What might work, Nunez found, was invoking “missed moments”: getting back to activities people yearn for, which is not the same as getting back to “normal.” Yet even so, different people hoped to return to different things. A portrait of America was emerging as a jigsaw land united only in distrust and longing — but very different flavors of both.
The job of transforming Nunez and Crumpton’s respective insights into pithy words and powerful pictures fell to the creative team at the advertising agency Pereira O’Dell, which was working pro bono for the Ad Council. One of the team’s first instincts was to take the approach of an “I voted” sticker, or a war recruitment effort, casting the vaccination decision as being about pride and participation, PJ Pereira, creative chairman and co-founder of the agency, told me. But the research made clear that would appeal only to people already sold on getting vaccinated. The hesitaters didn’t want to be talked down to or told what to do. They wanted their doubts respectfully acknowledged and their questions answered.
Pereira spoke to me in February from his home office in Greenwich, Conn., where he writes novels on the side, above his home dojo, where he practices Brazilian jujitsu to go with his black belts in karate and kung fu. It was here, on Dec. 15, that he was brainstorming campaign slogans over Zoom with Jason Apaliski, the agency’s executive creative director, who was in his bedroom in San Francisco, and Simon Friedlander, creative director, on the couch in his living room in Sydney.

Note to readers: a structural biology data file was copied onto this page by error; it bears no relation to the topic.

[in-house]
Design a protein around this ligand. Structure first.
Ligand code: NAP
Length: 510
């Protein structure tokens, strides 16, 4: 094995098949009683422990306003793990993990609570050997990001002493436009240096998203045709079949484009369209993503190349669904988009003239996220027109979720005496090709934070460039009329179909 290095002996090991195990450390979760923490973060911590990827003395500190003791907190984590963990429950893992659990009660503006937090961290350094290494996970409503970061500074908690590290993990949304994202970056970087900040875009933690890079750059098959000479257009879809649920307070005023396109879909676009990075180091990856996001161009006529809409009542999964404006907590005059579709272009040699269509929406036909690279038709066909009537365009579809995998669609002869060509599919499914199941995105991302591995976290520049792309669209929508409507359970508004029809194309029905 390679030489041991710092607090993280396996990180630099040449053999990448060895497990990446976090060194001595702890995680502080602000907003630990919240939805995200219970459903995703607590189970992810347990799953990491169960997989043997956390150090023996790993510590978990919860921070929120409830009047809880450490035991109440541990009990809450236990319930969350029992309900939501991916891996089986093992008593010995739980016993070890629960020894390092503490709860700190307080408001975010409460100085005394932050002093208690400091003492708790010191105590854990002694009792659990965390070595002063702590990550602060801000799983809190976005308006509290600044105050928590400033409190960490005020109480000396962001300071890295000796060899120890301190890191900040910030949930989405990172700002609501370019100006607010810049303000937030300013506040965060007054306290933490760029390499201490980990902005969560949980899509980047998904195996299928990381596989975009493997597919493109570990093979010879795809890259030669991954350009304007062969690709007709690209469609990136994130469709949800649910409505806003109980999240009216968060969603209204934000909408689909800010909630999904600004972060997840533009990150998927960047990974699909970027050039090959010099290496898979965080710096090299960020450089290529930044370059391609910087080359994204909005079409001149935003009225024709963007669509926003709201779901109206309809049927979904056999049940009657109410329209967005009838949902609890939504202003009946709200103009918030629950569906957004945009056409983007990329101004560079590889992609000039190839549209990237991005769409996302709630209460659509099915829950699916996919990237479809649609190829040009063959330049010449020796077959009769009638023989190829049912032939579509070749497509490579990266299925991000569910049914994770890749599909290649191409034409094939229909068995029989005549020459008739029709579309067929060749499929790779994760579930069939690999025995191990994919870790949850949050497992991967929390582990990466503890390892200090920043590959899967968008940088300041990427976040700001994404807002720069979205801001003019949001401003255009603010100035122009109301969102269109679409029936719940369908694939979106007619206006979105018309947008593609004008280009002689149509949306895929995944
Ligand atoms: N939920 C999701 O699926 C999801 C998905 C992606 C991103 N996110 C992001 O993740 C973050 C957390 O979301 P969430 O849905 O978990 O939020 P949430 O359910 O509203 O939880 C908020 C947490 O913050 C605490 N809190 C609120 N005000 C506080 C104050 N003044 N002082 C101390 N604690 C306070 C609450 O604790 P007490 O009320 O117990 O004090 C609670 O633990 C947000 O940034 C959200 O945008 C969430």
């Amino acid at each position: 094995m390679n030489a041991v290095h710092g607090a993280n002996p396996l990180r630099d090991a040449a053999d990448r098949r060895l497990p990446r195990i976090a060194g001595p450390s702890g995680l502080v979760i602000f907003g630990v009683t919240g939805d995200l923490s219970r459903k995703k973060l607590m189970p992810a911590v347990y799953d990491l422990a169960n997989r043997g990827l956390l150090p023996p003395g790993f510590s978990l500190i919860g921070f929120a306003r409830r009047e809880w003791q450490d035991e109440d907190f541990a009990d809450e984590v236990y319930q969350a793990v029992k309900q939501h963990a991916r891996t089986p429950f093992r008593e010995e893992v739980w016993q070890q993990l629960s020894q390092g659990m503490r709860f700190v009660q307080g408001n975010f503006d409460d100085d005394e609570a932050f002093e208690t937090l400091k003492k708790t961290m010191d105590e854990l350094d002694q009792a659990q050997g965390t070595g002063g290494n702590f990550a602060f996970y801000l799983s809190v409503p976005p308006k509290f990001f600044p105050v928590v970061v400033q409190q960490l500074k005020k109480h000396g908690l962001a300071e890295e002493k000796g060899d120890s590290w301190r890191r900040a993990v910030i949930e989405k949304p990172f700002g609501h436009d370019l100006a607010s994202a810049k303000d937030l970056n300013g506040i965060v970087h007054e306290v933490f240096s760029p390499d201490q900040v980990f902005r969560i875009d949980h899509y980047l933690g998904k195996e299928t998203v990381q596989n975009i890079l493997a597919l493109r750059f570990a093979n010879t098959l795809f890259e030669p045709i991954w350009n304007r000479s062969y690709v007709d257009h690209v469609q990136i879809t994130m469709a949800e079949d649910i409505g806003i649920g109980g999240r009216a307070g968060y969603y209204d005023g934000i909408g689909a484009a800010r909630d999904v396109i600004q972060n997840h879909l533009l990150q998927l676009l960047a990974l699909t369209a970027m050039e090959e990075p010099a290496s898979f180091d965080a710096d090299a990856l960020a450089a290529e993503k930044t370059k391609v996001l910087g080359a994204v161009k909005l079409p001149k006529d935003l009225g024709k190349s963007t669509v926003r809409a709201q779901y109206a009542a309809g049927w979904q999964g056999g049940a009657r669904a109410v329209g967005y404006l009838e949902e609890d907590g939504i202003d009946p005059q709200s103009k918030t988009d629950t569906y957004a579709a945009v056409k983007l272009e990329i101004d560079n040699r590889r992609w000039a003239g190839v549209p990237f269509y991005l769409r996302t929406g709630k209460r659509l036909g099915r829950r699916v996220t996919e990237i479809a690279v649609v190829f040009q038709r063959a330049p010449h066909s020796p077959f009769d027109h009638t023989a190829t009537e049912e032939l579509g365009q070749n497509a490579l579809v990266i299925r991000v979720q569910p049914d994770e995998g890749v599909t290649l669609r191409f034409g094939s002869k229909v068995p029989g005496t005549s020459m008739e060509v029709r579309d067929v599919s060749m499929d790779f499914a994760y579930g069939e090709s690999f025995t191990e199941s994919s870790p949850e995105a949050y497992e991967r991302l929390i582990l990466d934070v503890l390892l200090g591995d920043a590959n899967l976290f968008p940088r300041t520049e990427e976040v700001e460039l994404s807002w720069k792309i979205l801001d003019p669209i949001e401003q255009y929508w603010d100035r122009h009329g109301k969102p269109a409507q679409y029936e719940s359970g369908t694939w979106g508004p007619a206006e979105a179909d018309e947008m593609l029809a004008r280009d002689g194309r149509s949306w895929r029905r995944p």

“We need to find a way to tap into this American instinct and this energy towards, ‘It’s our decision,’ ” Pereira remembers thinking. “No one is going to impose anything on you.” The three were going around and around, talking through concepts and phrases, when Friedlander suddenly said: “It’s up to you.”
The conversation stopped. It’s up to you? Bingo. A message for America: It’s your decision. No one is telling you to get a vaccine the way they were telling you to wear a mask. At the same time, the phrase carries a subtext of implied responsibility: It’s up to you to ask questions and get answers. It’s up to you to get back to the moments you miss.
Apaliski opened a digital whiteboard and began pairing the phrase with images of potential missed moments: hugging a grandmother, watching a ballgame, lunching with friends, traveling. The phrase seemed infinitely adaptable. “It was one of those lightbulb moments where it’s like, ‘Huh, I think we might have that really simple piece of language that can allow us to talk about a variety of different things around the issue and misinformation, getting people informed, but also being able to speak to the moments that we miss, the questions that we have,’ ” Apaliski says.